Hold onto your butts, horror fans…last week, we got our first look at the promo materials for the upcoming Halloween reboot, out in October of this year. (For the most part, I’m skeptical of horror reboots, but John Carpenter has said that this film was created as though the sequels never happened, which I am 100% here for.)
Halloween was one of the first legitimate horror movies I ever saw, and even as a 13-year-old I was in awe of the movie’s stylish simplicity. The fashions may not have aged well, but the scares are still enormously effective. I don’t know that the new movie will maintain the same “less is more” philosophy, but I’m cautiously optimistic.
If you don’t want to wait until October to reunite with Michael Myers, I’ve pulled together a few books to help fill that scary slasher movie void. Enjoy!
Halloween by Curtis Richards
Yep, there’s a novelization for Halloween. It was first published about a year or so after the original movie was released, so it might be difficult (erm…extremely difficult) to snag a copy for cheap, but lots of horror fans have said that this is a pretty darned good novelization.
Final Girls by Riley Sager
The title of this book pulls from slasher movie jargon, referring to the “final girl” who is left alive at the end of the killing spree. In the book, the “final girls” are three women (Lisa, Sam, and Quincy) who each survived horrific massacres and have been given their collective nickname by the media. Quincy, the most recent “final girl,” believes that she’s finally put her trauma behind her, until Sam suddenly shows up on Quincy’s doorstep shortly after learning that Lisa has killed herself. Now Quincy has to dodge the media frenzy, decide how much of what Sam has told her is a lie, and face the trauma of what really happened when Quincy’s college friends were butchered in a cabin the middle of the woods.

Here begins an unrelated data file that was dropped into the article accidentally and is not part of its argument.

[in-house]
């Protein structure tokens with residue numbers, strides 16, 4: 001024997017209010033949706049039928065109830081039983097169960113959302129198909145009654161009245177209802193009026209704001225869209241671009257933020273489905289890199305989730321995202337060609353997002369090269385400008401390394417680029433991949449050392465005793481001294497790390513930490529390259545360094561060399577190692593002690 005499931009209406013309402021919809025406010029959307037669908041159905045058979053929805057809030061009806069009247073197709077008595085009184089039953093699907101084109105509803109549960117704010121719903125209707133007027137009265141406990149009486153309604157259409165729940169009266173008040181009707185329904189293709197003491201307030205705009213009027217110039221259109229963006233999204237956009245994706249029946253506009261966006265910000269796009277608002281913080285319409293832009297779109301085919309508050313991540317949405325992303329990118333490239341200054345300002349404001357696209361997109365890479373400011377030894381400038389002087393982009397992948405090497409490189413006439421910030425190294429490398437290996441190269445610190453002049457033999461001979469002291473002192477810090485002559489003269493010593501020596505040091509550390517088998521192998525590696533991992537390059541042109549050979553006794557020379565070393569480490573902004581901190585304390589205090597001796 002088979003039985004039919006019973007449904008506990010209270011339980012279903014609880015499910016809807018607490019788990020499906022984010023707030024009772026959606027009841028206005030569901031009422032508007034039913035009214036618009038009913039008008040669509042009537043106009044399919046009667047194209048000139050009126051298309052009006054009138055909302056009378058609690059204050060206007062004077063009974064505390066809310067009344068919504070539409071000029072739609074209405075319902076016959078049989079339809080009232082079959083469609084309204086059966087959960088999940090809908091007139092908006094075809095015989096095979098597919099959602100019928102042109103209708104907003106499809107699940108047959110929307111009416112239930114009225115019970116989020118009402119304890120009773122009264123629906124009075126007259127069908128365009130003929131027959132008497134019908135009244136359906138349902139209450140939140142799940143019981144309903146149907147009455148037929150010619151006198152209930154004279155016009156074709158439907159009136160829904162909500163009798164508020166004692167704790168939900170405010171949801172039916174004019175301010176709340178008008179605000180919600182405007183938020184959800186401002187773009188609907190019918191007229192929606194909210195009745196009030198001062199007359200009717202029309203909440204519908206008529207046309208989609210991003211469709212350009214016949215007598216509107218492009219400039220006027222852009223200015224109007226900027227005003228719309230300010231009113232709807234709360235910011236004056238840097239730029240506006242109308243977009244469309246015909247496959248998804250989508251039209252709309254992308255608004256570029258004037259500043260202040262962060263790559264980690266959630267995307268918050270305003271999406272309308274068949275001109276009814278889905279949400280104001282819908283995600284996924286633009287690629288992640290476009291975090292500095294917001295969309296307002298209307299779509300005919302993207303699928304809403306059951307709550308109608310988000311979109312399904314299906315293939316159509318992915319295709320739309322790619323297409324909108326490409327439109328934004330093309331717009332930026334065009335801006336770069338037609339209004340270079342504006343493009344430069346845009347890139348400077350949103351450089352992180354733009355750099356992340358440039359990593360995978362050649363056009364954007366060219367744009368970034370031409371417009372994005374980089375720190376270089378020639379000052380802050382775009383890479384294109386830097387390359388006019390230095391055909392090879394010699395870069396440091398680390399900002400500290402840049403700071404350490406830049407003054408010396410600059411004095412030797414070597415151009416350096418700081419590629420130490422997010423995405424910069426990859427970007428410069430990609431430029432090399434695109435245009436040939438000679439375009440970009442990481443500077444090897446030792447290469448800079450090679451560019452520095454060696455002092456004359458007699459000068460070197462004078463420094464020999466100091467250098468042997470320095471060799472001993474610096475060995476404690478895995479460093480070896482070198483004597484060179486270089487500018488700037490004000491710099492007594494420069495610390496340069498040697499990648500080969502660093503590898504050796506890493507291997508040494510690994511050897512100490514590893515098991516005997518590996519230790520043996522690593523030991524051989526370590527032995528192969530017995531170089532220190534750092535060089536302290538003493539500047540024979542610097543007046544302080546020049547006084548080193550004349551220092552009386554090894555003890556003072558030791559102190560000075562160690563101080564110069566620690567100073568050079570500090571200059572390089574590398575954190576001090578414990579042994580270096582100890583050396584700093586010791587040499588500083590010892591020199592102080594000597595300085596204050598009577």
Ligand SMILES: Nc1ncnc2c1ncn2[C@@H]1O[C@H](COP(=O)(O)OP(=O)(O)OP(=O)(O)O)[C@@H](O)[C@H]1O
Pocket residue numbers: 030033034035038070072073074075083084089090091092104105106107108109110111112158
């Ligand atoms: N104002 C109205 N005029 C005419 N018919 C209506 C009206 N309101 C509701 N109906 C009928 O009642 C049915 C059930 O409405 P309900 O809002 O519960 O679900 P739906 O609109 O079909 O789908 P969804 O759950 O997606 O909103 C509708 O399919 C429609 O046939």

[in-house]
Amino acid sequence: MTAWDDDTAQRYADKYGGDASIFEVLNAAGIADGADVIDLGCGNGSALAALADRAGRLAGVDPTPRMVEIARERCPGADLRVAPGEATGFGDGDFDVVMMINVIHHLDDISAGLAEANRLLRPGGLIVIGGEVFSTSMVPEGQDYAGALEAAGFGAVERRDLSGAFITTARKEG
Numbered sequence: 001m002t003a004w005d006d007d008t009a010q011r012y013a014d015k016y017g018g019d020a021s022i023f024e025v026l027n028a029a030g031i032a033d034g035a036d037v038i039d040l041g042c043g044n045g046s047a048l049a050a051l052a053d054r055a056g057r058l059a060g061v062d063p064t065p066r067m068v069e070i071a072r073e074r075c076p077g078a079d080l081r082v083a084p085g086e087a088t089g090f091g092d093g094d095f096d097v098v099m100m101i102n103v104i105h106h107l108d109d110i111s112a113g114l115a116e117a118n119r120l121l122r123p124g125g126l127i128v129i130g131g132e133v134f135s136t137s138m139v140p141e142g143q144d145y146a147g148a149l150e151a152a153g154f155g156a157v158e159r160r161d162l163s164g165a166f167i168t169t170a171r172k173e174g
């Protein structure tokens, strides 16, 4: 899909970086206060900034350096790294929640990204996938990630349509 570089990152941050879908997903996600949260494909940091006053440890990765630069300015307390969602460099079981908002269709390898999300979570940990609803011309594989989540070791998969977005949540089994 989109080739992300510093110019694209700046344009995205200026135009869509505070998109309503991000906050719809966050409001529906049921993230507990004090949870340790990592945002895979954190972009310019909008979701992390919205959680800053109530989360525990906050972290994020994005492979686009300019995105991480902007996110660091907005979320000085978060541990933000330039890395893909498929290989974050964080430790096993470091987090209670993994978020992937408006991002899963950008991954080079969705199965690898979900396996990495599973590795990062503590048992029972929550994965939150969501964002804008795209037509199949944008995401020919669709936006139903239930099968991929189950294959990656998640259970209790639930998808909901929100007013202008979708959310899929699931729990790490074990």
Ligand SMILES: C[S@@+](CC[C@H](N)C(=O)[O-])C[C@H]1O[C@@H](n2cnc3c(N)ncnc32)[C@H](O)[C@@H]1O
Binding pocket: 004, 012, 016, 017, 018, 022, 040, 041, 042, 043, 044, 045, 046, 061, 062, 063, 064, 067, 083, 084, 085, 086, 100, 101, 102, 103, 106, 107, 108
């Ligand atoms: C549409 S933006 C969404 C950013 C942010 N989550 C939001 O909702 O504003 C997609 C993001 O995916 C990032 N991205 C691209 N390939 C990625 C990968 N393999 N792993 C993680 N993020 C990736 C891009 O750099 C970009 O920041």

This book takes the best elements of the best slasher movies and turns them into an adrenaline-pumping psychological suspense novel. Trust me when I say that you will want to read this when you have a long chunk of reading time, because you will not want to put it down.
There’s Someone Inside Your House by Stephanie Perkins
Makani Young has a dark past that she’s trying to leave behind her when she moves from Hawaii to Nebraska. And when she meets the enigmatic Ollie Larsson, she starts to believe that she might have finally escaped. But then, one by one, the students at her high school begin to die in a series of increasingly gruesome murders and Makani is forced to confront her secrets. Stephanie Perkins gives the teen slasher genre a romantic twist with her latest novel.
The Surgeon by Tess Gerritsen
*Trigger warning: rape*
There’s a killer on the loose who tortures and murders lone women, and his surgical skills have led police to believe that they’re looking for someone with a medical background. Detectives Thomas Moore and Jane Rizzoli learn that Dr. Catherine Cordell, a brilliant physician, may actually be linked to the case: two years ago, Dr. Cordell was brutally raped but managed to kill her attacker. Or at least, she thought she did…There’s some pretty heavy violence in this story, but it makes for a breathtakingly fast thriller.
Penance by Kanae Minato
As children, Sae, Maki, Akiko, and Yuko were tricked into separating from their friend Emily by a mysterious stranger. Hours later, Emily was found murdered. Emily’s mother curses the survivors, vowing that they will pay for her daughter’s murder, and from that point forward, the girls’ lives are irrevocably altered. This is a dark exploration of human nature, and a look at the psychological repercussions of trauma—what happens to the survivors after the movie ends?
Halloween kicked off a massive wave of slasher films, and horror has never been the same since. This is a comprehensive history and analysis of the slasher subgenre, along with its cinematic devices, tropes, and most influential films. The book was published over 15 years ago, so it’s not the most up-to-date history of horror, but it did spawn an equally fascinating documentary by the same name.
If you’re looking for a more comprehensive (and more updated) perspective of horror movie history, this book should do the trick. It’s part film analysis, part love letter to the horror genre, and it delves into the reasons our collective love of horror just never seems to die.
What other books would you add to the list?
Want more scary stuff? How about checking out our horror archives? You’ll find plenty of books here to keep you up at night!
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